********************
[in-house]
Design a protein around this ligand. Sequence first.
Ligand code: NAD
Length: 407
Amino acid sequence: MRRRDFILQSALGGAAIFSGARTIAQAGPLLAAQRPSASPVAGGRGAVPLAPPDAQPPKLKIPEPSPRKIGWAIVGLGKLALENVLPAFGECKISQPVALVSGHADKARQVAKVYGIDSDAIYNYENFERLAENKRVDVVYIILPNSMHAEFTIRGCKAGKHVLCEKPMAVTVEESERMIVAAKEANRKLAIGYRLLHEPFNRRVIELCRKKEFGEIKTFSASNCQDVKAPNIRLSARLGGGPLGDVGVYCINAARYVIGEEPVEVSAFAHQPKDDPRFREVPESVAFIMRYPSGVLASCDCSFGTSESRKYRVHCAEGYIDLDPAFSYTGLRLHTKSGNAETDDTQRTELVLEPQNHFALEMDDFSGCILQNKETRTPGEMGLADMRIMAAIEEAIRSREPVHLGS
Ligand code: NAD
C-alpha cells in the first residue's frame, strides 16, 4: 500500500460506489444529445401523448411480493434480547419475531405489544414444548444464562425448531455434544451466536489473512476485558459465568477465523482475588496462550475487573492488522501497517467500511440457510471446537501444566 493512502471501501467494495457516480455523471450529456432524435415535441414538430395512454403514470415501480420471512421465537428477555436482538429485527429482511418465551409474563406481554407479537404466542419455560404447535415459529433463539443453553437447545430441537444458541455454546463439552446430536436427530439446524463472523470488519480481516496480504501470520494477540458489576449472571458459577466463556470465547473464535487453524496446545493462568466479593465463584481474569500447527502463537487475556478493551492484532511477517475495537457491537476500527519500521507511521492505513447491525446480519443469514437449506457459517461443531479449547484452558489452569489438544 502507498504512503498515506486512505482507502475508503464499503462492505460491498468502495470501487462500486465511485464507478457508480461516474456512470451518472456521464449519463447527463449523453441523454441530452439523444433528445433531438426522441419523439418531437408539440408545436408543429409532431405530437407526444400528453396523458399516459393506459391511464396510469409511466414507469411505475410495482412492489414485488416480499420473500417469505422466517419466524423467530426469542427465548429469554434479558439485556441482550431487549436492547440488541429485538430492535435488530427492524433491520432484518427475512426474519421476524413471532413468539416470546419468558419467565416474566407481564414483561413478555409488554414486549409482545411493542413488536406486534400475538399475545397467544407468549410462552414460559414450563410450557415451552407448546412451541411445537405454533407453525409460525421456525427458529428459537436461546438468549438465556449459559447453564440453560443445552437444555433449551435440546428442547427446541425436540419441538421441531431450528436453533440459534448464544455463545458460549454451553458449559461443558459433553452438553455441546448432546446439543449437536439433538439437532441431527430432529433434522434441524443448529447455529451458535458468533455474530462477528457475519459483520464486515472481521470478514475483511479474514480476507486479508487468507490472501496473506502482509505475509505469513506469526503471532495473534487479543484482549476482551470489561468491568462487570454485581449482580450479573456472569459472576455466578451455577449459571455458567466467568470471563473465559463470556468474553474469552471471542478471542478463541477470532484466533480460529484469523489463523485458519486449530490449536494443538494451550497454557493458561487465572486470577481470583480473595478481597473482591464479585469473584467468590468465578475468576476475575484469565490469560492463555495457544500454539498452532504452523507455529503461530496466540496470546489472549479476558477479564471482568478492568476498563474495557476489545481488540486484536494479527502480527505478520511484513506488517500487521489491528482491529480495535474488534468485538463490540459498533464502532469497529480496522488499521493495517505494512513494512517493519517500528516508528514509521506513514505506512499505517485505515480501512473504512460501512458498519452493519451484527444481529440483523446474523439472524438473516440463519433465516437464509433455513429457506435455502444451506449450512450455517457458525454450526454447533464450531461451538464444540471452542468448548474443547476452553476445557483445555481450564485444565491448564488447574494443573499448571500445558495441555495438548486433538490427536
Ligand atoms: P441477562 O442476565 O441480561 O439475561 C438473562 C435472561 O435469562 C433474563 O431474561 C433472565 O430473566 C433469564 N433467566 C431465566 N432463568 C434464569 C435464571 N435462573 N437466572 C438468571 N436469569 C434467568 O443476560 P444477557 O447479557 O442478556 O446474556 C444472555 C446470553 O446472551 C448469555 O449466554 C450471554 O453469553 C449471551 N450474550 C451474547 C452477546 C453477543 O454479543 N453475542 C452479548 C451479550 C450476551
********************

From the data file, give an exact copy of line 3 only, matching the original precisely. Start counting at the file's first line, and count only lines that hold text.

Ligand code: NAD